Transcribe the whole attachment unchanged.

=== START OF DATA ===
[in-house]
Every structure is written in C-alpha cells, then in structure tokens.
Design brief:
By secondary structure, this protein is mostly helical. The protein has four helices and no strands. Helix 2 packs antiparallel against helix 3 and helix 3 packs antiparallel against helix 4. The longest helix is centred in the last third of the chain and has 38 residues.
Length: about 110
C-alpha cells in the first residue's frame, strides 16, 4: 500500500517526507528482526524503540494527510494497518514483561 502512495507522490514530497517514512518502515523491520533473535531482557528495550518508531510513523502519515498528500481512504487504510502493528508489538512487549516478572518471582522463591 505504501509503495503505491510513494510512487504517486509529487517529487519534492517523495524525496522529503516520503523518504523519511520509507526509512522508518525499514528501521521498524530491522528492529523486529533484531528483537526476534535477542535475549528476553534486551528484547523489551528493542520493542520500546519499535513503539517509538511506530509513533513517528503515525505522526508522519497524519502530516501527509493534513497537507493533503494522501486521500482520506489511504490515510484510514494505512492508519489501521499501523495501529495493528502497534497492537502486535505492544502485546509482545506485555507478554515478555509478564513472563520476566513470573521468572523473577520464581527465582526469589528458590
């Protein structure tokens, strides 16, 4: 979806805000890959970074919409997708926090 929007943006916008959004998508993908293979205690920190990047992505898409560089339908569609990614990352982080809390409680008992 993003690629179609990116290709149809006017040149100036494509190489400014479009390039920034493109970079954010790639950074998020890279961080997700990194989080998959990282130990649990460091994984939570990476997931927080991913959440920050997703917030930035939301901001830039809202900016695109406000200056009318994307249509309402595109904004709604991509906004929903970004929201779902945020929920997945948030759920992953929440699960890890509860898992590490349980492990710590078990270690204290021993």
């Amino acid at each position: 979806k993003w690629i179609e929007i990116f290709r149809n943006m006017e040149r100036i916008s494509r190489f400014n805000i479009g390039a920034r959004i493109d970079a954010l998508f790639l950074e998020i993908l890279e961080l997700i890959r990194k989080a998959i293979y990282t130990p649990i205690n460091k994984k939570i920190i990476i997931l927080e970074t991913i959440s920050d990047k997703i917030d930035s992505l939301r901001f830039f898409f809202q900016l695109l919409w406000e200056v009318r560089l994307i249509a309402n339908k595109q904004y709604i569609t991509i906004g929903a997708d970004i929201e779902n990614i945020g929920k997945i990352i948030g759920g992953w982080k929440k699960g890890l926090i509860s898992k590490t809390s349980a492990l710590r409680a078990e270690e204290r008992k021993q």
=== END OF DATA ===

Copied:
[in-house]
Every structure is written in C-alpha cells, then in structure tokens.
Design brief:
By secondary structure, this protein is mostly helical. The protein has four helices and no strands. Helix 2 packs antiparallel against helix 3 and helix 3 packs antiparallel against helix 4. The longest helix is centred in the last third of the chain and has 38 residues.
Length: about 110
C-alpha cells in the first residue's frame, strides 16, 4: 500500500517526507528482526524503540494527510494497518514483561 502512495507522490514530497517514512518502515523491520533473535531482557528495550518508531510513523502519515498528500481512504487504510502493528508489538512487549516478572518471582522463591 505504501509503495503505491510513494510512487504517486509529487517529487519534492517523495524525496522529503516520503523518504523519511520509507526509512522508518525499514528501521521498524530491522528492529523486529533484531528483537526476534535477542535475549528476553534486551528484547523489551528493542520493542520500546519499535513503539517509538511506530509513533513517528503515525505522526508522519497524519502530516501527509493534513497537507493533503494522501486521500482520506489511504490515510484510514494505512492508519489501521499501523495501529495493528502497534497492537502486535505492544502485546509482545506485555507478554515478555509478564513472563520476566513470573521468572523473577520464581527465582526469589528458590
């Protein structure tokens, strides 16, 4: 979806805000890959970074919409997708926090 929007943006916008959004998508993908293979205690920190990047992505898409560089339908569609990614990352982080809390409680008992 993003690629179609990116290709149809006017040149100036494509190489400014479009390039920034493109970079954010790639950074998020890279961080997700990194989080998959990282130990649990460091994984939570990476997931927080991913959440920050997703917030930035939301901001830039809202900016695109406000200056009318994307249509309402595109904004709604991509906004929903970004929201779902945020929920997945948030759920992953929440699960890890509860898992590490349980492990710590078990270690204290021993």
């Amino acid at each position: 979806k993003w690629i179609e929007i990116f290709r149809n943006m006017e040149r100036i916008s494509r190489f400014n805000i479009g390039a920034r959004i493109d970079a954010l998508f790639l950074e998020i993908l890279e961080l997700i890959r990194k989080a998959i293979y990282t130990p649990i205690n460091k994984k939570i920190i990476i997931l927080e970074t991913i959440s920050d990047k997703i917030d930035s992505l939301r901001f830039f898409f809202q900016l695109l919409w406000e200056v009318r560089l994307i249509a309402n339908k595109q904004y709604i569609t991509i906004g929903a997708d970004i929201e779902n990614i945020g929920k997945i990352i948030g759920g992953w982080k929440k699960g890890l926090i509860s898992k590490t809390s349980a492990l710590r409680a078990e270690e204290r008992k021993q």